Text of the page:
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People walk on the sidewalk of Bay street past the Canadian Stock Market building in Toronto. July 30, 2013.Gloria Nieto/The Globe and Mail

After five years of low rates and countless false alarms about rate hikes, the Big Six and their investors are barely fazed by the Bank of Canada's gloomier outlook.

Since governor Stephen Poloz delivered his bearish assessment Wednesday, the S&P/TSX Bank Index has actually climbed higher than where it closed the day before he gave his prognosis. Many of the Big Six stocks recently set all-time highs, so if there was any time for investors to take some profits off the table, it would be now.

But they aren't, and there's a good reason for it: even in these turbulent waters, the banks are churning out record results. Bank of Montreal, Canadian Imperial Bank of Commerce and National Bank of Canada all posted their best-ever earnings last quarter, and Toronto-Dominion Bank recorded a record profit for its Canadian personal and commercial banking unit.

It's pretty clear by now that the banks have learned to live with these setbacks. This isn't the first time a rate hike was pushed out into the future. Pretty much everyone, from the banks themselves to economists to the media, have gotten the timing of a rate hike wrong at least once, so the banks have learned to just trudge along. (Contrast that with pension funds, who are in desperate need of higher rates.)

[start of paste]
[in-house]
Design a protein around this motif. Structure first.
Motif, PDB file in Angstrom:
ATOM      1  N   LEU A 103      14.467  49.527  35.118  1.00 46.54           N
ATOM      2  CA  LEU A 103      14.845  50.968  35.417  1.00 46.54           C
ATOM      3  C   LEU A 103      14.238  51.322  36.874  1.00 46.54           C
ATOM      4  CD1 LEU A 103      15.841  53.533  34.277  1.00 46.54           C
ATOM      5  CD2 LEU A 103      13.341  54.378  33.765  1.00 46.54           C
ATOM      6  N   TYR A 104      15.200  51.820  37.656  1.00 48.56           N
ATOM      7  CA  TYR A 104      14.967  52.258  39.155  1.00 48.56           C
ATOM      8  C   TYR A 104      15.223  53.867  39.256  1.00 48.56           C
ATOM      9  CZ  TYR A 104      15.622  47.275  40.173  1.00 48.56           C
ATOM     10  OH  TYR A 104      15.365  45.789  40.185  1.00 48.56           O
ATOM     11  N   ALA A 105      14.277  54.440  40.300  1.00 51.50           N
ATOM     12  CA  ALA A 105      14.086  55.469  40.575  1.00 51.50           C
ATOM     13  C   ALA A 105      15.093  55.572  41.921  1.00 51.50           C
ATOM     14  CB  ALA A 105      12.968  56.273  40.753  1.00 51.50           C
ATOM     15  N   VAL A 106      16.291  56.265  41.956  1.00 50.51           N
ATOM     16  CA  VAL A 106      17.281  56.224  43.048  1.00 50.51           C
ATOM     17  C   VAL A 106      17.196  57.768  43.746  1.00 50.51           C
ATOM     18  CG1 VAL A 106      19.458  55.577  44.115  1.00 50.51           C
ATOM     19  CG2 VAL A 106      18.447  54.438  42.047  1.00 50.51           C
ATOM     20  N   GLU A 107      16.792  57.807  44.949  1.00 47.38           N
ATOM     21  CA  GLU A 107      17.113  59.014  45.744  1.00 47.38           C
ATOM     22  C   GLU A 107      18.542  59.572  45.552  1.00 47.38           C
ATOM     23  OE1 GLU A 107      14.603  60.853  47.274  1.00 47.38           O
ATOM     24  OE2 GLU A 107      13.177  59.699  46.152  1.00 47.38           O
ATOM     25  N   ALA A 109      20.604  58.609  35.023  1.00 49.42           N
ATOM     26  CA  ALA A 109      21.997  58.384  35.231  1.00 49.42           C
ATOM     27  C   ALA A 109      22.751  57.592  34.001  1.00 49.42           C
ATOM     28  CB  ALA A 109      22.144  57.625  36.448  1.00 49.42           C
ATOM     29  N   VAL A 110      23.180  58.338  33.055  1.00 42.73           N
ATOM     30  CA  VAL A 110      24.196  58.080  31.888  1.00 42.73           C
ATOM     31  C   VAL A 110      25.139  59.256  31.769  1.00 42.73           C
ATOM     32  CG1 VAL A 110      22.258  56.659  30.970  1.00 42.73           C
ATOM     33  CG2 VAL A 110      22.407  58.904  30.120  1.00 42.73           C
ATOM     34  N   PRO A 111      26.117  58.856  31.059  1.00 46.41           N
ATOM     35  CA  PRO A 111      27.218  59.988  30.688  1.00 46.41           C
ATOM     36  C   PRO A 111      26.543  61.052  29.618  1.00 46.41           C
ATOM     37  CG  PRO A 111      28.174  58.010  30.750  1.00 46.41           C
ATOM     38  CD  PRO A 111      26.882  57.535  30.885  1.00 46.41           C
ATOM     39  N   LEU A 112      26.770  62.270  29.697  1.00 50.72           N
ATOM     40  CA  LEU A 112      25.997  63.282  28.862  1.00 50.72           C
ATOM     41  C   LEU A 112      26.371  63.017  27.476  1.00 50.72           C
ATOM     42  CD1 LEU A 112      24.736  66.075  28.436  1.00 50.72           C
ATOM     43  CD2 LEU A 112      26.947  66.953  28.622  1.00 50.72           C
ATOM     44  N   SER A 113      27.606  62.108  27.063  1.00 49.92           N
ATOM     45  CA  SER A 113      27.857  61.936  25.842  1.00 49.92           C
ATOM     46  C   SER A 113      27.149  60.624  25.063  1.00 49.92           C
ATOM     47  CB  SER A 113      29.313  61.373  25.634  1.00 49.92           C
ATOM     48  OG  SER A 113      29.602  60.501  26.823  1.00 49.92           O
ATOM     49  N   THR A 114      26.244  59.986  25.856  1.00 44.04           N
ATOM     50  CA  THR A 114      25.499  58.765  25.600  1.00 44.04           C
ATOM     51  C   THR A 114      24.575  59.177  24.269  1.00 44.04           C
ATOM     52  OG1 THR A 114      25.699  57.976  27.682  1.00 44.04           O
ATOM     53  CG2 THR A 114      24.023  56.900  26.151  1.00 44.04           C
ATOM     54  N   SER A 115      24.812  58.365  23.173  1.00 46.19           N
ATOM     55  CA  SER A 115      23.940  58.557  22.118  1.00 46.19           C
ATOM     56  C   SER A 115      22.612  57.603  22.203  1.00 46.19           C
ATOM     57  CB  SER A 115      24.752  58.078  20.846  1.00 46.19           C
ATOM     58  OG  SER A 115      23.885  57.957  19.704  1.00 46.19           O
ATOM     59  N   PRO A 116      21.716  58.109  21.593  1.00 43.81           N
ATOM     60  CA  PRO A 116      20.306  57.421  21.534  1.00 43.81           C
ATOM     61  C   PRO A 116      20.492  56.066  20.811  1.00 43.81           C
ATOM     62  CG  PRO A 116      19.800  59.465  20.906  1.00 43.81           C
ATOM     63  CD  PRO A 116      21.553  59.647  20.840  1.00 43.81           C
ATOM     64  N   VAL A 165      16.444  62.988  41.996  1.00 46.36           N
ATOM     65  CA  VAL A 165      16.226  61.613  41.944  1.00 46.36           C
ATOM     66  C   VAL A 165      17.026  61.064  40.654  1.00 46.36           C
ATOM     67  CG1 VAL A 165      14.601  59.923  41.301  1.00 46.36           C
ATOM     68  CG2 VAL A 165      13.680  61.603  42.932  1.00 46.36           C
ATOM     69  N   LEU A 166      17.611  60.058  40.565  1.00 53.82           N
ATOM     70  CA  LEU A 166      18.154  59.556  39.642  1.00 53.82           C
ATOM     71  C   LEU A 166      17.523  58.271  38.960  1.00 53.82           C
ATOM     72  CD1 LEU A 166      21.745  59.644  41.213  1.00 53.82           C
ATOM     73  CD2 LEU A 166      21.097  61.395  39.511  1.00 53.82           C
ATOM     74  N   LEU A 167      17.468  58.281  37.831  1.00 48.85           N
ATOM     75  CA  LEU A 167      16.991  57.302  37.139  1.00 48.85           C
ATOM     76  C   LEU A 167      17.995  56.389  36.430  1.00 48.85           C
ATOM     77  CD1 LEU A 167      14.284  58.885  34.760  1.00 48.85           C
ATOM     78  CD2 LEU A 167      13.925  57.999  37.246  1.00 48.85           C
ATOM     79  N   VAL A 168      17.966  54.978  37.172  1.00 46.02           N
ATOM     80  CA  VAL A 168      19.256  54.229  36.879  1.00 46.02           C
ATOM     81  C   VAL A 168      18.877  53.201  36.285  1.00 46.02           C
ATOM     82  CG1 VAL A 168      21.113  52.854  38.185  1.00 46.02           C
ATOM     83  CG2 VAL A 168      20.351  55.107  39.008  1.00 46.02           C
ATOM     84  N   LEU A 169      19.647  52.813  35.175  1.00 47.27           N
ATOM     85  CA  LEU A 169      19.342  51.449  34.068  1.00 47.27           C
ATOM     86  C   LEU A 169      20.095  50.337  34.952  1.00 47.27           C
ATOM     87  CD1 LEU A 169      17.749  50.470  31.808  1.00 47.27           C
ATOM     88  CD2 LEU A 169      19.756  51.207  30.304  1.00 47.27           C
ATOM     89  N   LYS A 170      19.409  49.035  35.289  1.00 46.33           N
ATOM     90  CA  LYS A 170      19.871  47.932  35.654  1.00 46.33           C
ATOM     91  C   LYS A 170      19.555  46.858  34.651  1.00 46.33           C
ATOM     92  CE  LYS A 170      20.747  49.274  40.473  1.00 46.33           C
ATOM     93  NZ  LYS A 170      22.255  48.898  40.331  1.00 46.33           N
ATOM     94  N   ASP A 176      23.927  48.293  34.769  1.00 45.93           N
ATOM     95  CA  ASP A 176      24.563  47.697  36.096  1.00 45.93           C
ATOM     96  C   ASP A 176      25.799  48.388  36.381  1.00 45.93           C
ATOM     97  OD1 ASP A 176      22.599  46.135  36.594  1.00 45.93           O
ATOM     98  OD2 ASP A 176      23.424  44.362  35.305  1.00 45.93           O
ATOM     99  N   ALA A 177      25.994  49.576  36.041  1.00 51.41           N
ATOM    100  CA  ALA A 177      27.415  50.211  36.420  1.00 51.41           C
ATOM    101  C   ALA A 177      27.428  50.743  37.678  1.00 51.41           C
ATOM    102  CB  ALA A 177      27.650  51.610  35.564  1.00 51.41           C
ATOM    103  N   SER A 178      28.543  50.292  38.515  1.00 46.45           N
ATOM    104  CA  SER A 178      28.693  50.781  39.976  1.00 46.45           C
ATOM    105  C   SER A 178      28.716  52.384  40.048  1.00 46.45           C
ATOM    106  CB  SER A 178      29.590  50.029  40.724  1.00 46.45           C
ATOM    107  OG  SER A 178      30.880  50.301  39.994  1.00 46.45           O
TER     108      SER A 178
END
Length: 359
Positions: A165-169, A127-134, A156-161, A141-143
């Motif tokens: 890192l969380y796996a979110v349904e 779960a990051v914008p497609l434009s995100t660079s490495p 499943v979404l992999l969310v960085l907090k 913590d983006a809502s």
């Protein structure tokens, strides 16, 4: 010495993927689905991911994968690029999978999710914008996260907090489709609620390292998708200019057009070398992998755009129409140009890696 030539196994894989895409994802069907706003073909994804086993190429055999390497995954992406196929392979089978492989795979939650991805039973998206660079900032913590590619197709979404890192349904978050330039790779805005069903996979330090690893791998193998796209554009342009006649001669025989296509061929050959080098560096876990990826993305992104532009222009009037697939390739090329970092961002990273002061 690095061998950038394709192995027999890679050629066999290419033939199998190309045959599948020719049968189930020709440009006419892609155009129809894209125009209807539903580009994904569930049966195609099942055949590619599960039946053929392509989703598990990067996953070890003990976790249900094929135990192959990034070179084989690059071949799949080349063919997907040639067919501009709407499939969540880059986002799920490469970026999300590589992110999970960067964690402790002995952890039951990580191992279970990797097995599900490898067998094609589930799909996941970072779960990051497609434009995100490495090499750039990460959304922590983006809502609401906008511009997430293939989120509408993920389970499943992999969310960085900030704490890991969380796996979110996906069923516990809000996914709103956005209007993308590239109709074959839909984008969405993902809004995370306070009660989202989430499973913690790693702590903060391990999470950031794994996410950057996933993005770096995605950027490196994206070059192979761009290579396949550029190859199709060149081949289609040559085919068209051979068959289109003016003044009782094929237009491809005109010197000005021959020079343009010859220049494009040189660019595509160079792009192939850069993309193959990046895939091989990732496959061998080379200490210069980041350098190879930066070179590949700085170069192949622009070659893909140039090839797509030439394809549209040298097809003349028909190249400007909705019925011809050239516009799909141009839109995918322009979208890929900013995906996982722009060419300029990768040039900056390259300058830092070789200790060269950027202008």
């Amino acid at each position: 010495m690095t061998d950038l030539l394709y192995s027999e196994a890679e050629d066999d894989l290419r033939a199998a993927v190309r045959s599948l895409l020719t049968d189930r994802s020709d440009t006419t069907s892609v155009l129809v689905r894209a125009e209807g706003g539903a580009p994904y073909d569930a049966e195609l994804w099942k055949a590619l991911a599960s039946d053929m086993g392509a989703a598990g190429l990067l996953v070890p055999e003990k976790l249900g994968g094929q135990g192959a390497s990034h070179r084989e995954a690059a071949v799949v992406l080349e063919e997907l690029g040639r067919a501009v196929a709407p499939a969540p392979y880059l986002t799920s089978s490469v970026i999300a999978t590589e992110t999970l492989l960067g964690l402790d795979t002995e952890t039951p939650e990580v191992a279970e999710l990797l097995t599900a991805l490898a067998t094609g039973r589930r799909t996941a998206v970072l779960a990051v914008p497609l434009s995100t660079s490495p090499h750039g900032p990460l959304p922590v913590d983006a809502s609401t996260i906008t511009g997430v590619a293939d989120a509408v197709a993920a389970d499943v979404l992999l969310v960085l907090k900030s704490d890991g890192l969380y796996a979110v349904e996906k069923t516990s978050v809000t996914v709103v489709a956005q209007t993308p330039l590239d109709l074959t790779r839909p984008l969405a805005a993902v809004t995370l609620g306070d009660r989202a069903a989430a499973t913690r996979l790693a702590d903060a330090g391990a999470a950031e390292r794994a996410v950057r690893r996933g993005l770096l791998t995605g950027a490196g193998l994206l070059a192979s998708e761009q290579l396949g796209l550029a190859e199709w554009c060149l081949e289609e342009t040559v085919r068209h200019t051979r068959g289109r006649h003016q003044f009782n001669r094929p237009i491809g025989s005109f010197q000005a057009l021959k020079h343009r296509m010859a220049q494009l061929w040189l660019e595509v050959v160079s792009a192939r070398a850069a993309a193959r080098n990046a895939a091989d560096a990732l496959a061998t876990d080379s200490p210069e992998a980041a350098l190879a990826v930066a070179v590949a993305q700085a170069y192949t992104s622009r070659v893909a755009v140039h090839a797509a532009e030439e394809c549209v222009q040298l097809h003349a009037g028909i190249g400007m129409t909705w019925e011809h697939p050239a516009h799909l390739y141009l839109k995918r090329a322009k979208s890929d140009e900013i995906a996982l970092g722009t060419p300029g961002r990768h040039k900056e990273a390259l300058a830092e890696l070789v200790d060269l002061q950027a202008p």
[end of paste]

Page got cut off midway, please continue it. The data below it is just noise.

In some respects, the low rates have already wreaked all of the havoc they can. One of the hardest hit metrics has been net interest margins – the difference between the rates at which the banks borrow and lend money. RBC's margin for its powerhouse personal and commercial Canadian unit came in at 2.83 per cent last quarter, and has hovered around that level for at least two years. While other banks haven't been as lucky – BMO's equivalent margin fell again to 2.58 per cent last quarter – they've managed to make do. BMO, remember, is one of the banks that just posted a record profit.

In fact, the banks have profited in spite of the rate environment. Although low rates hurt their margins, they also convince more people and business to borrow money. Economists have been baffled by the continued strength of the housing market, and Canadian households have yet to start deleveraging, even though their total debt levels are at all-time highs.

Admittedly, that can't last forever, and the banks are preparing for the possibility of a rough patch. They're by no means immune to shocks, and future profits certainly aren't guaranteed. Loan growth continues to slow – see slide 19 of the Bank of Canada's Monetary Policy Report – and it remains to be seen whether underwriting more and more debt will come back to haunt these financial institutions in the form of mortgage defaults or personal bankruptcies.

Some have already begun to tighten their belts. Last quarter, Toronto-Dominion Bank implied that it's ready to start an aggressive cost-cutting campaign, and Bank of Montreal has already slashed expenses and head count over the past two years.

Bank executives aren't living in a dream world. Privately, many of them say they've expected growth to slow for some time, and that their own earnings keep surprising them. At least they're mentally prepared for a slowdown, should one materialize, and that means they're already thinking about contingency plans.